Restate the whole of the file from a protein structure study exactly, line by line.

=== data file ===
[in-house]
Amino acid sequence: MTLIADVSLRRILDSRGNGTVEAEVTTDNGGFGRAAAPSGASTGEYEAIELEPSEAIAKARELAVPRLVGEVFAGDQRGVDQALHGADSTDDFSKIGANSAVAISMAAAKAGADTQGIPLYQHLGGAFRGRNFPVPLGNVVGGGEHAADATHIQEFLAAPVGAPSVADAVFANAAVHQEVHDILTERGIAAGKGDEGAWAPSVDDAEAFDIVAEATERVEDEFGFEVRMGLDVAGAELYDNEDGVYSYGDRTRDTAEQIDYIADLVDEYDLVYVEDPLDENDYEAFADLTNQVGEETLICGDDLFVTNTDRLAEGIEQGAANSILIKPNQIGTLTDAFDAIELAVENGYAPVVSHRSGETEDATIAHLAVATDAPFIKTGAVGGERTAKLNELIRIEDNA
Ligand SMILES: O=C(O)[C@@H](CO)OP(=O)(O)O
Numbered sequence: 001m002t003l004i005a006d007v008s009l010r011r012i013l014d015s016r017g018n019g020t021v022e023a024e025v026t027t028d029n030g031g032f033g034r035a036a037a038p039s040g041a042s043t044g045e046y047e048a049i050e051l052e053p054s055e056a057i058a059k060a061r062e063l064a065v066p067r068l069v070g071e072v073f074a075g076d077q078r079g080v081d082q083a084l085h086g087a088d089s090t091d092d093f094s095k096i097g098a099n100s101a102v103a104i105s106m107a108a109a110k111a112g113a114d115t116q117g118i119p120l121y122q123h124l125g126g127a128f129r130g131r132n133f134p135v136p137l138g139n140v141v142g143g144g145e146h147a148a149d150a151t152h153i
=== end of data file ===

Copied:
[in-house]
Amino acid sequence: MTLIADVSLRRILDSRGNGTVEAEVTTDNGGFGRAAAPSGASTGEYEAIELEPSEAIAKARELAVPRLVGEVFAGDQRGVDQALHGADSTDDFSKIGANSAVAISMAAAKAGADTQGIPLYQHLGGAFRGRNFPVPLGNVVGGGEHAADATHIQEFLAAPVGAPSVADAVFANAAVHQEVHDILTERGIAAGKGDEGAWAPSVDDAEAFDIVAEATERVEDEFGFEVRMGLDVAGAELYDNEDGVYSYGDRTRDTAEQIDYIADLVDEYDLVYVEDPLDENDYEAFADLTNQVGEETLICGDDLFVTNTDRLAEGIEQGAANSILIKPNQIGTLTDAFDAIELAVENGYAPVVSHRSGETEDATIAHLAVATDAPFIKTGAVGGERTAKLNELIRIEDNA
Ligand SMILES: O=C(O)[C@@H](CO)OP(=O)(O)O
Numbered sequence: 001m002t003l004i005a006d007v008s009l010r011r012i013l014d015s016r017g018n019g020t021v022e023a024e025v026t027t028d029n030g031g032f033g034r035a036a037a038p039s040g041a042s043t044g045e046y047e048a049i050e051l052e053p054s055e056a057i058a059k060a061r062e063l064a065v066p067r068l069v070g071e072v073f074a075g076d077q078r079g080v081d082q083a084l085h086g087a088d089s090t091d092d093f094s095k096i097g098a099n100s101a102v103a104i105s106m107a108a109a110k111a112g113a114d115t116q117g118i119p120l121y122q123h124l125g126g127a128f129r130g131r132n133f134p135v136p137l138g139n140v141v142g143g144g145e146h147a148a149d150a151t152h153i